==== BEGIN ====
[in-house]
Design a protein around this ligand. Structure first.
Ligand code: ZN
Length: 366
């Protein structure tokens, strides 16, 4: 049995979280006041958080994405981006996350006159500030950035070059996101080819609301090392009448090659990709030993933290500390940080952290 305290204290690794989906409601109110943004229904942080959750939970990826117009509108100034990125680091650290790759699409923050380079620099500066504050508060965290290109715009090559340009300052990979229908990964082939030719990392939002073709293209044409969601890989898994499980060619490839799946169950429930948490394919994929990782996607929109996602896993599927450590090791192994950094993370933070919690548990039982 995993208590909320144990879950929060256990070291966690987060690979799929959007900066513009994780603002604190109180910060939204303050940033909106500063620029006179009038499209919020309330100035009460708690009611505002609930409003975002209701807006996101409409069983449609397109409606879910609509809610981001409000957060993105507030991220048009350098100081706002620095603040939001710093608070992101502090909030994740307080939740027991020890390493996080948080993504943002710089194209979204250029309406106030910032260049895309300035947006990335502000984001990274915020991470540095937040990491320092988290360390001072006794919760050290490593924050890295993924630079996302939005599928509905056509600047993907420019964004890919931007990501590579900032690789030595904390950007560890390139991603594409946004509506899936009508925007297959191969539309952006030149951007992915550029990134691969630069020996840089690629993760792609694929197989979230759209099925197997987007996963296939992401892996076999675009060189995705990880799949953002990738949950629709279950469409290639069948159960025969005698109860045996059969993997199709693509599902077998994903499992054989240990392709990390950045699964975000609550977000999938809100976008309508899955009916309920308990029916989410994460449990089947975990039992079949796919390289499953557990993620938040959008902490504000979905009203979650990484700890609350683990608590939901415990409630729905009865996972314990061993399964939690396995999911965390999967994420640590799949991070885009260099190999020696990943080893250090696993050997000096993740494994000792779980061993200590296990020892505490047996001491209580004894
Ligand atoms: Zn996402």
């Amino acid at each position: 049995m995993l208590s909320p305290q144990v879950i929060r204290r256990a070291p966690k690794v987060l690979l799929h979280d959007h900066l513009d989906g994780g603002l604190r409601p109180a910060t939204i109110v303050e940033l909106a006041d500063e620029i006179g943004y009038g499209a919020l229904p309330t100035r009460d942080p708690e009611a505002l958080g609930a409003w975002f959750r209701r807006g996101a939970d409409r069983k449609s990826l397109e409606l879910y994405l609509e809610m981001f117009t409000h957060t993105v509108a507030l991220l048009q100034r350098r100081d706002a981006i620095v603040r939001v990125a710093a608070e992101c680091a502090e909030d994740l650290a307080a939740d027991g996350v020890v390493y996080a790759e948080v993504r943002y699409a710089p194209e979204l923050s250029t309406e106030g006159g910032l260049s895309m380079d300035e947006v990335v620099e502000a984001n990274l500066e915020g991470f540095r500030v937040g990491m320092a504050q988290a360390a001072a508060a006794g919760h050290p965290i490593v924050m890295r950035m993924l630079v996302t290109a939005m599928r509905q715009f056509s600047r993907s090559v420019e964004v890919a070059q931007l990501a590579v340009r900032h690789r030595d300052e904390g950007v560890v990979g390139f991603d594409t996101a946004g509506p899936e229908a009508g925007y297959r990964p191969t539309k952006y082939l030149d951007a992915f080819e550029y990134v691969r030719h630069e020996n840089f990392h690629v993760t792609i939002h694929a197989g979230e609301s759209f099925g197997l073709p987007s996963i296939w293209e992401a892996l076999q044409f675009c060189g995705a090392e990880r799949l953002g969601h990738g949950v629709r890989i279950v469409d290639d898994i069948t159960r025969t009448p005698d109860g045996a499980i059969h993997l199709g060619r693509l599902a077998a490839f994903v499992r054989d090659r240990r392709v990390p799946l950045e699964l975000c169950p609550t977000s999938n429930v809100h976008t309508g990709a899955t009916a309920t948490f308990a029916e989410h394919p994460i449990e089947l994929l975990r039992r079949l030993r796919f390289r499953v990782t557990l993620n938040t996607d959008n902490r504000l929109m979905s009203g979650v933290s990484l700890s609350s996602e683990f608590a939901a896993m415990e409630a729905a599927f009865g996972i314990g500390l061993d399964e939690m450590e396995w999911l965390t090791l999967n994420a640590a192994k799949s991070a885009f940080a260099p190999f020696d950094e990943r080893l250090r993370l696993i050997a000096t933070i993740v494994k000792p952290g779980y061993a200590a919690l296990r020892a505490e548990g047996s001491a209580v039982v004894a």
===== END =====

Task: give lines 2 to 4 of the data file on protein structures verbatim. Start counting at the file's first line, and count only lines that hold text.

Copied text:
Design a protein around this ligand. Structure first.
Ligand code: ZN
Length: 366